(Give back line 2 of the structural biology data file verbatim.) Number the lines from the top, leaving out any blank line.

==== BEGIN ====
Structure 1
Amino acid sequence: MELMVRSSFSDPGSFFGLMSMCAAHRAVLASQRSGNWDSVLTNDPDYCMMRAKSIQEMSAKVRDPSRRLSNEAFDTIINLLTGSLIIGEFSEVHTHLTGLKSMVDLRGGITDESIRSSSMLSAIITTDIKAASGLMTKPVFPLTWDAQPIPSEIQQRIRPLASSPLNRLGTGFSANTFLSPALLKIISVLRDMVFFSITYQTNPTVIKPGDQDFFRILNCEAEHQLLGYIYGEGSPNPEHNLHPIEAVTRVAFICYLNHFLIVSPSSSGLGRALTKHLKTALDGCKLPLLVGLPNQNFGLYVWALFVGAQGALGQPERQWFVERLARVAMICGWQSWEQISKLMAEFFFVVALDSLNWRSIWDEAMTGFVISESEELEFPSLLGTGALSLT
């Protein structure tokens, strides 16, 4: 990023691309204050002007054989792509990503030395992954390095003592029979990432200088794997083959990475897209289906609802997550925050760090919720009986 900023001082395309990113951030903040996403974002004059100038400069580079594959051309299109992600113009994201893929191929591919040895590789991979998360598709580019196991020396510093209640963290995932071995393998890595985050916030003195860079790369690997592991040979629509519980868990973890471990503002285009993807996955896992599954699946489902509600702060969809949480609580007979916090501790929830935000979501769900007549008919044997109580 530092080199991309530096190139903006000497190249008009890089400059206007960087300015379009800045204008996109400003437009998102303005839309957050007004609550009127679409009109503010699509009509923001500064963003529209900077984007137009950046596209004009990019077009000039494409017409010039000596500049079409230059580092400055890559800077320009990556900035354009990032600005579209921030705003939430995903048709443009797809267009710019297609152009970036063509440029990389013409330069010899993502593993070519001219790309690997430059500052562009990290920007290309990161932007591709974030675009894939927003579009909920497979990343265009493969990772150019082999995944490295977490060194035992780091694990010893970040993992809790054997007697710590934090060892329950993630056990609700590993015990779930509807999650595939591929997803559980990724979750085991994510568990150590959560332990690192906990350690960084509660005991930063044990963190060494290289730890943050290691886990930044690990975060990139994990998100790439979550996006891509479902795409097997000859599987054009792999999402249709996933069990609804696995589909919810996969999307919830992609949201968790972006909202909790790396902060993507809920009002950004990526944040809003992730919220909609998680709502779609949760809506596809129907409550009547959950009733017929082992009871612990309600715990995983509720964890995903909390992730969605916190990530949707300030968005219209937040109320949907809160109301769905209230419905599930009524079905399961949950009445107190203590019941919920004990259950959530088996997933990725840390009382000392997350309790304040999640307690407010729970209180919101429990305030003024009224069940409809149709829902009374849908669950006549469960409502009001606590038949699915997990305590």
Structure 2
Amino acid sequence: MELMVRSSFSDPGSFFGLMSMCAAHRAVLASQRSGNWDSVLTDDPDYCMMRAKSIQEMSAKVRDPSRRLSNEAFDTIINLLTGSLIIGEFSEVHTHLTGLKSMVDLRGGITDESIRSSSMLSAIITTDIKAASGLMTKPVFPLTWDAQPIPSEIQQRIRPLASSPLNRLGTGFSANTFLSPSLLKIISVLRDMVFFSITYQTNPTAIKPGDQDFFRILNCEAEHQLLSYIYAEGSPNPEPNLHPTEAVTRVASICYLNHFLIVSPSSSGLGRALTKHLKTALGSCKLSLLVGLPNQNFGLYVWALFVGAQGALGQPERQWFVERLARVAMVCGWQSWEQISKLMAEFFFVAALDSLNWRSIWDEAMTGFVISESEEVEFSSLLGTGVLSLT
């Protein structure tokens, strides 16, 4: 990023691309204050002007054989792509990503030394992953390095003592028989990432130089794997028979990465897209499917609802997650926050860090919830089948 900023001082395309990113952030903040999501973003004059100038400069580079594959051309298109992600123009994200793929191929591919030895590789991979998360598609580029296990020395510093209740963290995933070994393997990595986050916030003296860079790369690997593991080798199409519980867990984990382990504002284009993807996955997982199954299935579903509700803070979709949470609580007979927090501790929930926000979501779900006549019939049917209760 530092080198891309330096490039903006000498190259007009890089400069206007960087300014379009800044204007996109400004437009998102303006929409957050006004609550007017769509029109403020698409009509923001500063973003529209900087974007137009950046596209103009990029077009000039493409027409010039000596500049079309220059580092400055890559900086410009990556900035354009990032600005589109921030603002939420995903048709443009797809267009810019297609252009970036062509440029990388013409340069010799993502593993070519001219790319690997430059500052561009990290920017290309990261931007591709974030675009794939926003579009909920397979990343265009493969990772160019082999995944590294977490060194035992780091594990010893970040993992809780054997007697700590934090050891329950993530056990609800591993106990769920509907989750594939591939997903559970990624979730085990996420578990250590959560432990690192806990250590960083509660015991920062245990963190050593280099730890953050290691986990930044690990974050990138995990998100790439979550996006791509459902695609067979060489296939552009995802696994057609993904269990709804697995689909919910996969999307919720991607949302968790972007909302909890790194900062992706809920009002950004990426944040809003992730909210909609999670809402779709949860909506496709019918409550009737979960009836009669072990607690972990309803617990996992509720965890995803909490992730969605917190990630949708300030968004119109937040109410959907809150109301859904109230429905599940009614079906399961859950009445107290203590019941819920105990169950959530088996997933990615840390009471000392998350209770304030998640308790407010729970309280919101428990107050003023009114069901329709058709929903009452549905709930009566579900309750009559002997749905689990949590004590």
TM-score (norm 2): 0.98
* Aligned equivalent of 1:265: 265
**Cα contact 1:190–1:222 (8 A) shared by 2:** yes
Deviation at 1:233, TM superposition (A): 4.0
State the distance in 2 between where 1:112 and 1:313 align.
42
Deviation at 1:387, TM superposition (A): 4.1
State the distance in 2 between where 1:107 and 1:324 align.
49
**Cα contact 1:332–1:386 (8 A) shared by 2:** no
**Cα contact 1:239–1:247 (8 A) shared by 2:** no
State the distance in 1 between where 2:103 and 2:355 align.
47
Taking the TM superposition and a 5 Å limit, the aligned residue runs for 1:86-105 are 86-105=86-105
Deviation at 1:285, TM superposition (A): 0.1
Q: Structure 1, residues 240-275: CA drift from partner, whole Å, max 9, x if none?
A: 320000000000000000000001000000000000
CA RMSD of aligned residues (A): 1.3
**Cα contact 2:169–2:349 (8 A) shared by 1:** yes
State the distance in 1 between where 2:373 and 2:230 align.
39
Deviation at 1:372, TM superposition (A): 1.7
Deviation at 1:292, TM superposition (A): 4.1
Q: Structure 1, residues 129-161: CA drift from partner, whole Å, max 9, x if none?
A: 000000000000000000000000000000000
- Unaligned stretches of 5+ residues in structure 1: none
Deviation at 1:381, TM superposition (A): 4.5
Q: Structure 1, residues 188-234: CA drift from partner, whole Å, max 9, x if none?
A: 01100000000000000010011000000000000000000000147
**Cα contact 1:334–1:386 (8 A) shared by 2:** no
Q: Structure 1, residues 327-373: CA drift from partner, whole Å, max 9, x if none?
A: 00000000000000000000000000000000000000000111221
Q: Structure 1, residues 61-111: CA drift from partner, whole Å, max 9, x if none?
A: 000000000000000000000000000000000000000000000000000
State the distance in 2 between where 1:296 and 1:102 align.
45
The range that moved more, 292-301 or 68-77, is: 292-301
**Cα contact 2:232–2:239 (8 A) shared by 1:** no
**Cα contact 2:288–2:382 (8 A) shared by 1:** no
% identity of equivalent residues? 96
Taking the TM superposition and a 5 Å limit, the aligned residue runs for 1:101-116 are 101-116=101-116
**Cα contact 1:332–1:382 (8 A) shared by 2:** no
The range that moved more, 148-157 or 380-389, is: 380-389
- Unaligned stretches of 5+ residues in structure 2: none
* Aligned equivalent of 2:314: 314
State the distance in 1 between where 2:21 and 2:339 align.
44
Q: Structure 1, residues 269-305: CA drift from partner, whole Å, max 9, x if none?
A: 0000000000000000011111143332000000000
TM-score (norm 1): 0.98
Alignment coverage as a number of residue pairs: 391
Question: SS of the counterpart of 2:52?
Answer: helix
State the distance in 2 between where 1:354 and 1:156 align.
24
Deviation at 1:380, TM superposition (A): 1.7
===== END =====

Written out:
Amino acid sequence: MELMVRSSFSDPGSFFGLMSMCAAHRAVLASQRSGNWDSVLTNDPDYCMMRAKSIQEMSAKVRDPSRRLSNEAFDTIINLLTGSLIIGEFSEVHTHLTGLKSMVDLRGGITDESIRSSSMLSAIITTDIKAASGLMTKPVFPLTWDAQPIPSEIQQRIRPLASSPLNRLGTGFSANTFLSPALLKIISVLRDMVFFSITYQTNPTVIKPGDQDFFRILNCEAEHQLLGYIYGEGSPNPEHNLHPIEAVTRVAFICYLNHFLIVSPSSSGLGRALTKHLKTALDGCKLPLLVGLPNQNFGLYVWALFVGAQGALGQPERQWFVERLARVAMICGWQSWEQISKLMAEFFFVVALDSLNWRSIWDEAMTGFVISESEELEFPSLLGTGALSLT